Kash is very apologetic that he can't have sex with Ian until Linda is pregnant, but Ian doesn't really care anymore, so it's kind of sad and kind of sweet watching the fear play out over Kash's face as he realizes something's going on but not what it is. Real or not real: My underage hookup is finally outgrowing me, and then I'll be alone again.
Frank comes home -- "Mother!" -- with the news of his temporary sobriety, and she feels kind of sorry for him but expresses it in terms of her pride in him, and he's like, "I need to be entertained at all times for the next two weeks, because everything is going to be horrible. As abusive and flat-out crazy as I am usually, it's going to be worse." Sheila's response is a bump-and-grind that must be seen to be believed, somewhere between the dance Porky Pig used to do when he was trying to be seductive, and the dancing baby that used to bother Ally McBeal all the time. It's fairly excellent. There's even a soundtrack, Sheila going, "Boom boom boom bum-bitty yum-bum bum-bitty yum-bum." All things considered, Joan Cusack doing that little dance is probably therapeutically valid. In the short term, at least.
Lip's professor friend Hurst takes him, Karen, and a Bright Young Thing on a tour of the campus. While Hurst is doing his best Good Will Hunting impression, the ladies trail behind and the girl condescends to Karen when she asserts that Lip is, in fact, a genius just like Hurst thinks. She has no idea how Karen operates, so she thinks it's a girlfriend thing. They talk about the possibility of college, work-study, scholarships, loans and all that stuff, and Lip is all, "That sounds like a lot of trouble to me." Not real.
Hurst explains the choices, in a way that manages to be patronizing in no way: Karen is going to get pregnant, and maybe it will be an accident or maybe not (real or not real; also consider here Sheila doing the same thing as we speak) but eventually he'll end up at Best Buy, where he may or may not make manager but will probably get fired because he's a smart-ass. "The anger that you've suppressed finally bubbles over, and you mouth off to the wrong person, and you get your ass fired. And from that point on, you won't be able to hold a job very long because you'll know the truth: That you never lived up to your potential. And the only way to numb the pain of underachieving is with booze and with meth."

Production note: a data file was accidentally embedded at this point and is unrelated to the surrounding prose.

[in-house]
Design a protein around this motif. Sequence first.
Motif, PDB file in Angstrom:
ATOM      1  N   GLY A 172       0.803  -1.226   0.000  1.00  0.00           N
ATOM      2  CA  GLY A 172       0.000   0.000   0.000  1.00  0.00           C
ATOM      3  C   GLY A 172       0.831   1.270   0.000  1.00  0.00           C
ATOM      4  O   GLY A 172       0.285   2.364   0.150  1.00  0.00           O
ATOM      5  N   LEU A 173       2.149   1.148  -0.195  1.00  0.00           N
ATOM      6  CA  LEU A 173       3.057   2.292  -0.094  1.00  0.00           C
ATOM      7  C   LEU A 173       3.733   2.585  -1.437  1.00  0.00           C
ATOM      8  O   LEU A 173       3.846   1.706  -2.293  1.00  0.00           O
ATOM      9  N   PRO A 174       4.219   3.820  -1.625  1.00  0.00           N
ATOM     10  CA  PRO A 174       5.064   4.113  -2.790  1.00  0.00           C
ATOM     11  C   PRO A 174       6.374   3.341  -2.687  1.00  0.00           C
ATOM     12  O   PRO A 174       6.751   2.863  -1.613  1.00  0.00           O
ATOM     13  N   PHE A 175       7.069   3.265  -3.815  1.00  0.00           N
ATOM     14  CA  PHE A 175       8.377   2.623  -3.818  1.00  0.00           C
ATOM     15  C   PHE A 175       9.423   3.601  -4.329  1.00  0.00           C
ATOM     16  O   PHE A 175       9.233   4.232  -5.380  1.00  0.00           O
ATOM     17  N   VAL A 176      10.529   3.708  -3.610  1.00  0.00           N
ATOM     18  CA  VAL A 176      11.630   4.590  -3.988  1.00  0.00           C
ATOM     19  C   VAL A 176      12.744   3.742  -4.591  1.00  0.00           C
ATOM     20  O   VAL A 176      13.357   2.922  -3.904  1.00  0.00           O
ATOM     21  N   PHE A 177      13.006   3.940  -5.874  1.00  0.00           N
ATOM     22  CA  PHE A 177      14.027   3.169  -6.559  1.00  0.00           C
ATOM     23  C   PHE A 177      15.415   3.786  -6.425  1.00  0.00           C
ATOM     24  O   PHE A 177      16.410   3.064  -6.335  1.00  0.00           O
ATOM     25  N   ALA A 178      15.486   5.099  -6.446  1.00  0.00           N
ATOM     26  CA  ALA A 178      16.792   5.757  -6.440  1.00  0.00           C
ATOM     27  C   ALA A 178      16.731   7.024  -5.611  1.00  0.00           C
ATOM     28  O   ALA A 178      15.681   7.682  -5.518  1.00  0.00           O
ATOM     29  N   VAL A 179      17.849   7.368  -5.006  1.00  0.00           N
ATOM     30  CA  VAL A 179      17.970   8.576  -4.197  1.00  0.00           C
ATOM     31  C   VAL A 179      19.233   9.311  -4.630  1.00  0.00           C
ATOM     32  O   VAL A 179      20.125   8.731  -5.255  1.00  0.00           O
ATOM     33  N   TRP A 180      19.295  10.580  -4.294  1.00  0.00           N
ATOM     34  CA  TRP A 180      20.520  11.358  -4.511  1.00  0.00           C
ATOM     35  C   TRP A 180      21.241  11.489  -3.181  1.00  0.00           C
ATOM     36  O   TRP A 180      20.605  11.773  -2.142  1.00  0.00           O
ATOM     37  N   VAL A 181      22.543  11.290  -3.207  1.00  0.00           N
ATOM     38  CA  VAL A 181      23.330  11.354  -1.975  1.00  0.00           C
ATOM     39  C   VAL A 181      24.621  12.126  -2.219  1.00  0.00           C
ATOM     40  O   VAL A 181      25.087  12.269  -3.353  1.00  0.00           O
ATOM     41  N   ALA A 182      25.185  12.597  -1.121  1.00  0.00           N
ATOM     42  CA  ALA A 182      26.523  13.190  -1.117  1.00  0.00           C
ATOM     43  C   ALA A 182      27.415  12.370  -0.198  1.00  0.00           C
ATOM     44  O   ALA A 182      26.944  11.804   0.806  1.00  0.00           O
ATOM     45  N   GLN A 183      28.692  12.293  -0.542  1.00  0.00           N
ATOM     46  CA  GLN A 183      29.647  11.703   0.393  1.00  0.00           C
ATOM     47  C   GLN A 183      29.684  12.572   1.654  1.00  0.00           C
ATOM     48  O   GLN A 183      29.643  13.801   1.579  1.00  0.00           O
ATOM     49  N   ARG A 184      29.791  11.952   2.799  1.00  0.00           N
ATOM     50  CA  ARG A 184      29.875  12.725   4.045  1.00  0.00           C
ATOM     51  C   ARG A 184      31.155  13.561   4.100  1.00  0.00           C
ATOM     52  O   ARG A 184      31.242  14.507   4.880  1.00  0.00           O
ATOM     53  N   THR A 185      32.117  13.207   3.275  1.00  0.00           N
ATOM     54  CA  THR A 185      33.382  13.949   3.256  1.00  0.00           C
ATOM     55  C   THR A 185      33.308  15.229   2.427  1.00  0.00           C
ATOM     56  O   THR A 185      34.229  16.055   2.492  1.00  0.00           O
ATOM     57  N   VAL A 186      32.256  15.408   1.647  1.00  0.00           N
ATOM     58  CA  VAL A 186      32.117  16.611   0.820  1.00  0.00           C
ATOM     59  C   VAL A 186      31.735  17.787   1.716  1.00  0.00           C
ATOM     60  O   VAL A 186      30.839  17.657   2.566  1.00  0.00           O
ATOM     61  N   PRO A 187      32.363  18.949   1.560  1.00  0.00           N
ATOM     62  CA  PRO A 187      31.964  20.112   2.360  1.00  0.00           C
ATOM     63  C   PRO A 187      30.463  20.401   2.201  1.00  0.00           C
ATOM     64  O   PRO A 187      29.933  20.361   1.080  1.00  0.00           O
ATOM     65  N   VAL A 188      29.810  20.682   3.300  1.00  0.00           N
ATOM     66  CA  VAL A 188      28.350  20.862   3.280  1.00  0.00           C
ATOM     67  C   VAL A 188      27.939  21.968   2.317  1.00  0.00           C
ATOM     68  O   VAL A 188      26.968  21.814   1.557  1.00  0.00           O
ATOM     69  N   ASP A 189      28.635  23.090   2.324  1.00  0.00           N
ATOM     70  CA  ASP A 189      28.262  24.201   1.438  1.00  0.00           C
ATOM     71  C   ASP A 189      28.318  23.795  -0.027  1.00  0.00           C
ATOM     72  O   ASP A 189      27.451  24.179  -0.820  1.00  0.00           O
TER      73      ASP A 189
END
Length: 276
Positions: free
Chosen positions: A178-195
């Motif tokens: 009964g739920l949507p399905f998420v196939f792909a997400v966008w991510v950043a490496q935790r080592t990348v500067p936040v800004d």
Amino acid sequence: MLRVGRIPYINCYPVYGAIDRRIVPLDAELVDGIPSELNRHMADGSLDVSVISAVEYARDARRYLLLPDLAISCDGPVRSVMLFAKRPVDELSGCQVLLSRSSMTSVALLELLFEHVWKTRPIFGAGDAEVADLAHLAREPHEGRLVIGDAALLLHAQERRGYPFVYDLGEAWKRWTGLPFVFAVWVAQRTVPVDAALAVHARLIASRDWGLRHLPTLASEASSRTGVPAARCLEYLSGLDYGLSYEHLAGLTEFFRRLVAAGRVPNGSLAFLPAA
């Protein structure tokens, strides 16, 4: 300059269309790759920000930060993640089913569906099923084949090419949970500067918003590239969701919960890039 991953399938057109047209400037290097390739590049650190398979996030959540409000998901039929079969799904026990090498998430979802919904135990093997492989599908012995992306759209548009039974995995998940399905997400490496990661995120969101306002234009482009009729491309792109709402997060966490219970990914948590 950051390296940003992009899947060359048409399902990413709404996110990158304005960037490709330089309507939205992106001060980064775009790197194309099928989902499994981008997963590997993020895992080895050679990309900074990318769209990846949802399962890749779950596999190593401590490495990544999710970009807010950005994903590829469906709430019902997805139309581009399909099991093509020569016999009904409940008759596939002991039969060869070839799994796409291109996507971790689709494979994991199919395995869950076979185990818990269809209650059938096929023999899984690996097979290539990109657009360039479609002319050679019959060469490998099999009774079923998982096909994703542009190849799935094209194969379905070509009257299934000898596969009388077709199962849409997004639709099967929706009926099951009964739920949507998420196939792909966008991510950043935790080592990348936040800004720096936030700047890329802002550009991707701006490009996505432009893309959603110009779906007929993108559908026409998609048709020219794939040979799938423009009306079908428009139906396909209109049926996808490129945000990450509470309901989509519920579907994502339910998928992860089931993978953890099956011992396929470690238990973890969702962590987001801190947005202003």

Even without knowing the particulars of Lip, that's pretty accurate. Enough so that Lip pulls an abrupt Real Or Not Real on him to get control again: "The old Philosophical Professor Who's Gonna Set The Troubled Teen On The Right Track? It's a little trite, don't you think?" Hurst is taken aback, and admits that it doesn't work very often. "There's no shortage of brilliant kids just like yourself who are too stupid to get out of the hood." And how do "we," Lip asks, usually respond? "You tell me to fuck off." Lip obliges and Hurst takes off, with a fairly subtle recommendation that Lip at least go check out the robotics lab before he leaves... And to wear a condom.